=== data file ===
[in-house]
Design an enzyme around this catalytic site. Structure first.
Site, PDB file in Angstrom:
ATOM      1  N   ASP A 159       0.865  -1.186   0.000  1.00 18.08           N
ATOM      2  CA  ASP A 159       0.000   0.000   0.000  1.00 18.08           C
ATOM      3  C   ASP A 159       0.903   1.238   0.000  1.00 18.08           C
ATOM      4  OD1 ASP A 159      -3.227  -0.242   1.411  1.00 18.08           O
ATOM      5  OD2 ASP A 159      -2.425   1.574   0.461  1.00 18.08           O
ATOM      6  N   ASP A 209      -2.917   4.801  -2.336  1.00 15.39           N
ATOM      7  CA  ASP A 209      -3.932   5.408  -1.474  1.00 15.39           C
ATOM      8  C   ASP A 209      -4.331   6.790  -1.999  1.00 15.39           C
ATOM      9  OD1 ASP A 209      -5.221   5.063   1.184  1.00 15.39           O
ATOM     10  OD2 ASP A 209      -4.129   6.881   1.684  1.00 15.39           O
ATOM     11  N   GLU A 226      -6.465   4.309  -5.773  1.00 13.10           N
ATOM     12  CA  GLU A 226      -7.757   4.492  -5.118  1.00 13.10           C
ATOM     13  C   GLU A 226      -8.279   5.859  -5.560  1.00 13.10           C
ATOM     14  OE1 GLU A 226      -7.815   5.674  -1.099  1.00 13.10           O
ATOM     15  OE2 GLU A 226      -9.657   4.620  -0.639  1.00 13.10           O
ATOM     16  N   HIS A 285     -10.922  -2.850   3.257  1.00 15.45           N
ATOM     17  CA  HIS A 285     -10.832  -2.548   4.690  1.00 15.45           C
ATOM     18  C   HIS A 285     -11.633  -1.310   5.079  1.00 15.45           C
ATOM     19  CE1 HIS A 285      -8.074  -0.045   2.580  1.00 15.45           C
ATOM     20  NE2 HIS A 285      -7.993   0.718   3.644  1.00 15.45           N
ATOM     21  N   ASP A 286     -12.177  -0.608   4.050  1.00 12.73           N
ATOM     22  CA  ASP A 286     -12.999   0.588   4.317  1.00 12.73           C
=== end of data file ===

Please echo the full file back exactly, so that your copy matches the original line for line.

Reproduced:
[in-house]
Design an enzyme around this catalytic site. Structure first.
Site, PDB file in Angstrom:
ATOM      1  N   ASP A 159       0.865  -1.186   0.000  1.00 18.08           N
ATOM      2  CA  ASP A 159       0.000   0.000   0.000  1.00 18.08           C
ATOM      3  C   ASP A 159       0.903   1.238   0.000  1.00 18.08           C
ATOM      4  OD1 ASP A 159      -3.227  -0.242   1.411  1.00 18.08           O
ATOM      5  OD2 ASP A 159      -2.425   1.574   0.461  1.00 18.08           O
ATOM      6  N   ASP A 209      -2.917   4.801  -2.336  1.00 15.39           N
ATOM      7  CA  ASP A 209      -3.932   5.408  -1.474  1.00 15.39           C
ATOM      8  C   ASP A 209      -4.331   6.790  -1.999  1.00 15.39           C
ATOM      9  OD1 ASP A 209      -5.221   5.063   1.184  1.00 15.39           O
ATOM     10  OD2 ASP A 209      -4.129   6.881   1.684  1.00 15.39           O
ATOM     11  N   GLU A 226      -6.465   4.309  -5.773  1.00 13.10           N
ATOM     12  CA  GLU A 226      -7.757   4.492  -5.118  1.00 13.10           C
ATOM     13  C   GLU A 226      -8.279   5.859  -5.560  1.00 13.10           C
ATOM     14  OE1 GLU A 226      -7.815   5.674  -1.099  1.00 13.10           O
ATOM     15  OE2 GLU A 226      -9.657   4.620  -0.639  1.00 13.10           O
ATOM     16  N   HIS A 285     -10.922  -2.850   3.257  1.00 15.45           N
ATOM     17  CA  HIS A 285     -10.832  -2.548   4.690  1.00 15.45           C
ATOM     18  C   HIS A 285     -11.633  -1.310   5.079  1.00 15.45           C
ATOM     19  CE1 HIS A 285      -8.074  -0.045   2.580  1.00 15.45           C
ATOM     20  NE2 HIS A 285      -7.993   0.718   3.644  1.00 15.45           N
ATOM     21  N   ASP A 286     -12.177  -0.608   4.050  1.00 12.73           N
ATOM     22  CA  ASP A 286     -12.999   0.588   4.317  1.00 12.73           C